Wednesday, March 02, 2016

Mayor upset about Google’s hangar sale: Moriarty Airport (0E0), Torrance County, New Mexico

While there is no for-sale sign at Google’s hangar at the Moriarty Municipal Airport, Mayor Ted Hart said he has learned it is on the market and is upset that the company isn’t working with the city on selling the 60,000-square-foot building.

The mayor of Moriarty said he is concerned about the city being left out of the loop in an effort to find a new owner of the airport hangar that was to have housed Google’s fleet of solar-powered drones.

Moriarty Mayor Ted Hart said at the end of a recent council meeting that he was upset to have just learned that Google put its Titan Aerospace hangar at the Moriarty Municipal Airport on the real estate market without discussing it with any city or airport official.

Last year, Google announced it had changed its mind about using the 60,000-square-foot airport hangar built at the Moriarty airport to develop an alternative method for delivering broadband, wireless Internet service using solar-powered drones. Google paid the state $995,000 to make up for a grant used to upgrade infrastructure at the airport.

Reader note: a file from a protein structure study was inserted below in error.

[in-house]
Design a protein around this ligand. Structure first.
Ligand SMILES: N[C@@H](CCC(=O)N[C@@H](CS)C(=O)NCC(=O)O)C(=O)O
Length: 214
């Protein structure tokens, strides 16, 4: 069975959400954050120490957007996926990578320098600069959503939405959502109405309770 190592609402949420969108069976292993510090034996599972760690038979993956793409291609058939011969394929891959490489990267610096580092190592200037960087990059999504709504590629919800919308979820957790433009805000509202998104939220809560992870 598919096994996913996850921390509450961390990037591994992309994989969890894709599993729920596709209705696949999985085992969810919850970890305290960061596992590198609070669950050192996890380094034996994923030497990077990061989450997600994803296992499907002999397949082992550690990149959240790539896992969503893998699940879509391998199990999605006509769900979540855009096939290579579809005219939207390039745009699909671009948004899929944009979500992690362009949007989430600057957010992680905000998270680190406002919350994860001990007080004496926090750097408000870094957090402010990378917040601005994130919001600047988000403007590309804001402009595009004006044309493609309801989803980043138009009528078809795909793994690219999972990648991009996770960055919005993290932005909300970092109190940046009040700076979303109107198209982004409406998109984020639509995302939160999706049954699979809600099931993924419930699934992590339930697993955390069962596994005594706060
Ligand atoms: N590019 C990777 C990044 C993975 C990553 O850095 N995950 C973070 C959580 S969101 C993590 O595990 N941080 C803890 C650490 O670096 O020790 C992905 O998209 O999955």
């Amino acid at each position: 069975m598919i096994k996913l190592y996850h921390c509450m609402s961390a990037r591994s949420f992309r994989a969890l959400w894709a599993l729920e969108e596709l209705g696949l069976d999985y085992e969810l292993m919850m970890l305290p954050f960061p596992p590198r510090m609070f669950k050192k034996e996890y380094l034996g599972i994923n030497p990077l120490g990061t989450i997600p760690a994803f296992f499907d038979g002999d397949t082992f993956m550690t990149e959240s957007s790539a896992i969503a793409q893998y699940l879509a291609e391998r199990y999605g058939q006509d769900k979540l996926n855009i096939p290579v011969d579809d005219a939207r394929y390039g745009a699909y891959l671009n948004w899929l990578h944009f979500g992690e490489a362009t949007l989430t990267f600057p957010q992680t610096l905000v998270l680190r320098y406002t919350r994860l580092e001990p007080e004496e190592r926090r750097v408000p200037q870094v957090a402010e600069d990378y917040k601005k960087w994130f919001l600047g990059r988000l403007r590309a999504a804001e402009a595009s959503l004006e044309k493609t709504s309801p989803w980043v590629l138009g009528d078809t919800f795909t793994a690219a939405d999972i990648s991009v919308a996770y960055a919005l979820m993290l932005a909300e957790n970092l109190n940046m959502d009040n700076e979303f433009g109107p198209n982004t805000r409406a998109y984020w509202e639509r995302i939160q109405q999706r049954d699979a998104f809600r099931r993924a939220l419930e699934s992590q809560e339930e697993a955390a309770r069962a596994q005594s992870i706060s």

But Hart said the state was not the only partner in making the airport ready for Titan. Federal Aviation Administration grants were also used at the airport, he said, and FAA regulations have tight restrictions for what can be flown out of the airport.

“The FAA has very specific uses that it will or won’t allow,” Hart said.

Even though Google owns the large hangar, Hart said the city still owns the land it sits on and was worried if the hangar would be shown to potential buyers using standard safety and security procedures.

When Google acquired Titan Aerospace in 2014, the state offered incentives to keep Titan operations at the airport where the New Mexico-based company had been testing its solar-powered drone for two years prior to the Google acquisition. Titan’s large, high-flying and lightweight drones caught the eye of Google that is competing with Facebook to provide greater Internet access using unmanned aircraft rather than orbiting satellites.

Original article can be found here:

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